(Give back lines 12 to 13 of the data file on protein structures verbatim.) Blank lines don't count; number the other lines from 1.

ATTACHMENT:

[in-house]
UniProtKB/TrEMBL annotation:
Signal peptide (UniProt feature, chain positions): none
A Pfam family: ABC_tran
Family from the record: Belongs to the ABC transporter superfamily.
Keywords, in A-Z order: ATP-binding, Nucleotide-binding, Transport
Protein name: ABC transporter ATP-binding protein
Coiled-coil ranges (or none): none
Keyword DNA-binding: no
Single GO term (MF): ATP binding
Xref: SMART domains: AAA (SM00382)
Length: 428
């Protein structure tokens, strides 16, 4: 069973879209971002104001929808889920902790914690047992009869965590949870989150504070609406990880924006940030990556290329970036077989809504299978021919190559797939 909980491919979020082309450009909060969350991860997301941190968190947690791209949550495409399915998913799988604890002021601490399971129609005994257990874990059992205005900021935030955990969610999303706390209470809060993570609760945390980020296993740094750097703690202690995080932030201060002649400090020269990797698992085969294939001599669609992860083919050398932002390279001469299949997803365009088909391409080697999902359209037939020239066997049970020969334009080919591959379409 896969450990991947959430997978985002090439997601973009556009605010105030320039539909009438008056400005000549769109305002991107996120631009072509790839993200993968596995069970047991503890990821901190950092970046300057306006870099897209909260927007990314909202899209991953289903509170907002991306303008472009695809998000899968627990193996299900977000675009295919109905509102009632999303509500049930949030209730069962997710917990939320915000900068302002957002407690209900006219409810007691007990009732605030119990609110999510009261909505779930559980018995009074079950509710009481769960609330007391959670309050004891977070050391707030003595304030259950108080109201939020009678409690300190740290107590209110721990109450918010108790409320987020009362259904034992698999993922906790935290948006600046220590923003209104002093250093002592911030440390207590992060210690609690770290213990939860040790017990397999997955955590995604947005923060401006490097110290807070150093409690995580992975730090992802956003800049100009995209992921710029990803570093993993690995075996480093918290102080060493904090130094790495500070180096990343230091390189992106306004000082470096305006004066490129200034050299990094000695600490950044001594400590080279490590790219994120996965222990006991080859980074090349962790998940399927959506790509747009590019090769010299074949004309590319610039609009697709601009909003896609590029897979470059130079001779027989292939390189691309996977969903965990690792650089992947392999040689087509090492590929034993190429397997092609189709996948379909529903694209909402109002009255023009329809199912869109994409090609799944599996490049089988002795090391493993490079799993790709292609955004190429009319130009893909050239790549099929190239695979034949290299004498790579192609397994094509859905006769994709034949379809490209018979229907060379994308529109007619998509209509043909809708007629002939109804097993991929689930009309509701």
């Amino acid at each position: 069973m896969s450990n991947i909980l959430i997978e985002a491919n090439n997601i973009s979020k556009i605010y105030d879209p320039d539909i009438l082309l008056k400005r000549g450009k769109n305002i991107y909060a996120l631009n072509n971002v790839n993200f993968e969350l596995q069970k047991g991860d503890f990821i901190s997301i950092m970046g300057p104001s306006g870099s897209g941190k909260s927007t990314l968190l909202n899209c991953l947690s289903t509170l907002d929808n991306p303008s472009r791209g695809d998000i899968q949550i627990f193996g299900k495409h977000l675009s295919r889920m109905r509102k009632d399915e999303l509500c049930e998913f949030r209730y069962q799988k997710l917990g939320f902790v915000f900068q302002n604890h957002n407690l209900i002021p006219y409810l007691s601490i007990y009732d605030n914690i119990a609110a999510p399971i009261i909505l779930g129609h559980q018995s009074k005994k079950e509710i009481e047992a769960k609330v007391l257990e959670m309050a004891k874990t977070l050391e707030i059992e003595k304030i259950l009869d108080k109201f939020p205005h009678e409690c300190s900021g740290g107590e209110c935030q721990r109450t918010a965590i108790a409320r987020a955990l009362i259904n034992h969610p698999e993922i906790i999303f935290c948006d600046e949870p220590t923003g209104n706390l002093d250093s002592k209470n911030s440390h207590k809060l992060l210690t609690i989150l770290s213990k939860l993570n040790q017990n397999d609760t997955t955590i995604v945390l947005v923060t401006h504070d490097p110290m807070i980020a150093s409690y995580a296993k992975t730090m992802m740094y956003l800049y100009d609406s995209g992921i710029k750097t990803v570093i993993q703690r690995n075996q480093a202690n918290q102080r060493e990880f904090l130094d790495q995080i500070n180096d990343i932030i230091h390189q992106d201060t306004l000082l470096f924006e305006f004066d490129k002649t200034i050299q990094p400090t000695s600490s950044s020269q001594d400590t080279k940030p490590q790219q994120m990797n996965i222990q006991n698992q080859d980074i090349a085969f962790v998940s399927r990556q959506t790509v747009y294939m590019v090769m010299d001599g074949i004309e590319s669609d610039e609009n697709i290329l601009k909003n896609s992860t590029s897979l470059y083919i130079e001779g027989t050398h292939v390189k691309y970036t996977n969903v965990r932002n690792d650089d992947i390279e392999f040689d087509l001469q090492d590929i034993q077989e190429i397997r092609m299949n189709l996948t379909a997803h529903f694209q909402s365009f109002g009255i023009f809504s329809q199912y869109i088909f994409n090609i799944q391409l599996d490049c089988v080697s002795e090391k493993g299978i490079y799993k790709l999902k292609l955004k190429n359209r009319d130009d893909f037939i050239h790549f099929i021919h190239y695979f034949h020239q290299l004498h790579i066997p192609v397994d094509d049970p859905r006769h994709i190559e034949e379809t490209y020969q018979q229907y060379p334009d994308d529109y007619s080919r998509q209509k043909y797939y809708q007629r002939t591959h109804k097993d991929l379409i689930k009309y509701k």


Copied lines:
Length: 428
């Protein structure tokens, strides 16, 4: 069973879209971002104001929808889920902790914690047992009869965590949870989150504070609406990880924006940030990556290329970036077989809504299978021919190559797939 909980491919979020082309450009909060969350991860997301941190968190947690791209949550495409399915998913799988604890002021601490399971129609005994257990874990059992205005900021935030955990969610999303706390209470809060993570609760945390980020296993740094750097703690202690995080932030201060002649400090020269990797698992085969294939001599669609992860083919050398932002390279001469299949997803365009088909391409080697999902359209037939020239066997049970020969334009080919591959379409 896969450990991947959430997978985002090439997601973009556009605010105030320039539909009438008056400005000549769109305002991107996120631009072509790839993200993968596995069970047991503890990821901190950092970046300057306006870099897209909260927007990314909202899209991953289903509170907002991306303008472009695809998000899968627990193996299900977000675009295919109905509102009632999303509500049930949030209730069962997710917990939320915000900068302002957002407690209900006219409810007691007990009732605030119990609110999510009261909505779930559980018995009074079950509710009481769960609330007391959670309050004891977070050391707030003595304030259950108080109201939020009678409690300190740290107590209110721990109450918010108790409320987020009362259904034992698999993922906790935290948006600046220590923003209104002093250093002592911030440390207590992060210690609690770290213990939860040790017990397999997955955590995604947005923060401006490097110290807070150093409690995580992975730090992802956003800049100009995209992921710029990803570093993993690995075996480093918290102080060493904090130094790495500070180096990343230091390189992106306004000082470096305006004066490129200034050299990094000695600490950044001594400590080279490590790219994120996965222990006991080859980074090349962790998940399927959506790509747009590019090769010299074949004309590319610039609009697709601009909003896609590029897979470059130079001779027989292939390189691309996977969903965990690792650089992947392999040689087509090492590929034993190429397997092609189709996948379909529903694209909402109002009255023009329809199912869109994409090609799944599996490049089988002795090391493993490079799993790709292609955004190429009319130009893909050239790549099929190239695979034949290299004498790579192609397994094509859905006769994709034949379809490209018979229907060379994308529109007619998509209509043909809708007629002939109804097993991929689930009309509701």